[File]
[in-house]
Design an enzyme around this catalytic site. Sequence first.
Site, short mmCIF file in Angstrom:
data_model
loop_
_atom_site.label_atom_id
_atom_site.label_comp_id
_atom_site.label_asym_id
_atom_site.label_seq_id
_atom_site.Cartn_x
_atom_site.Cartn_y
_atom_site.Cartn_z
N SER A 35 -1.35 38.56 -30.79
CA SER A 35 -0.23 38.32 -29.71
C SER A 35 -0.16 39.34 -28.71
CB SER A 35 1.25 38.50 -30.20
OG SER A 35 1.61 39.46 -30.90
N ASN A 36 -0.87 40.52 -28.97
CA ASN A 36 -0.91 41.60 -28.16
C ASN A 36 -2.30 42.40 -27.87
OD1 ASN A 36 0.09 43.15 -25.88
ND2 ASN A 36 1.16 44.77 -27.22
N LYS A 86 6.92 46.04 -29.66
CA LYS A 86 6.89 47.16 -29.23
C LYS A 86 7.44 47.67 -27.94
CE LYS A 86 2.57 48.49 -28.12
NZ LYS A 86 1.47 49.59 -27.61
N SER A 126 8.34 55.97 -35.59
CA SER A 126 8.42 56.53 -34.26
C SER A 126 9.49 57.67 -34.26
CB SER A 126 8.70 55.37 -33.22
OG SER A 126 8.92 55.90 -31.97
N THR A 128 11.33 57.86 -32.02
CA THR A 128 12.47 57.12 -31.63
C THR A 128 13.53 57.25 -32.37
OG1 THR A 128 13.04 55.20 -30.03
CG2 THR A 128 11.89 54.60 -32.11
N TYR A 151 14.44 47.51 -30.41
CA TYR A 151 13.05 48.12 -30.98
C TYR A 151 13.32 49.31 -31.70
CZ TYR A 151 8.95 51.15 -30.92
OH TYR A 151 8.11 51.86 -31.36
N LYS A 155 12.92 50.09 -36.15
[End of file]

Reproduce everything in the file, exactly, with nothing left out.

[in-house]
Design an enzyme around this catalytic site. Sequence first.
Site, short mmCIF file in Angstrom:
data_model
loop_
_atom_site.label_atom_id
_atom_site.label_comp_id
_atom_site.label_asym_id
_atom_site.label_seq_id
_atom_site.Cartn_x
_atom_site.Cartn_y
_atom_site.Cartn_z
N SER A 35 -1.35 38.56 -30.79
CA SER A 35 -0.23 38.32 -29.71
C SER A 35 -0.16 39.34 -28.71
CB SER A 35 1.25 38.50 -30.20
OG SER A 35 1.61 39.46 -30.90
N ASN A 36 -0.87 40.52 -28.97
CA ASN A 36 -0.91 41.60 -28.16
C ASN A 36 -2.30 42.40 -27.87
OD1 ASN A 36 0.09 43.15 -25.88
ND2 ASN A 36 1.16 44.77 -27.22
N LYS A 86 6.92 46.04 -29.66
CA LYS A 86 6.89 47.16 -29.23
C LYS A 86 7.44 47.67 -27.94
CE LYS A 86 2.57 48.49 -28.12
NZ LYS A 86 1.47 49.59 -27.61
N SER A 126 8.34 55.97 -35.59
CA SER A 126 8.42 56.53 -34.26
C SER A 126 9.49 57.67 -34.26
CB SER A 126 8.70 55.37 -33.22
OG SER A 126 8.92 55.90 -31.97
N THR A 128 11.33 57.86 -32.02
CA THR A 128 12.47 57.12 -31.63
C THR A 128 13.53 57.25 -32.37
OG1 THR A 128 13.04 55.20 -30.03
CG2 THR A 128 11.89 54.60 -32.11
N TYR A 151 14.44 47.51 -30.41
CA TYR A 151 13.05 48.12 -30.98
C TYR A 151 13.32 49.31 -31.70
CZ TYR A 151 8.95 51.15 -30.92
OH TYR A 151 8.11 51.86 -31.36
N LYS A 155 12.92 50.09 -36.15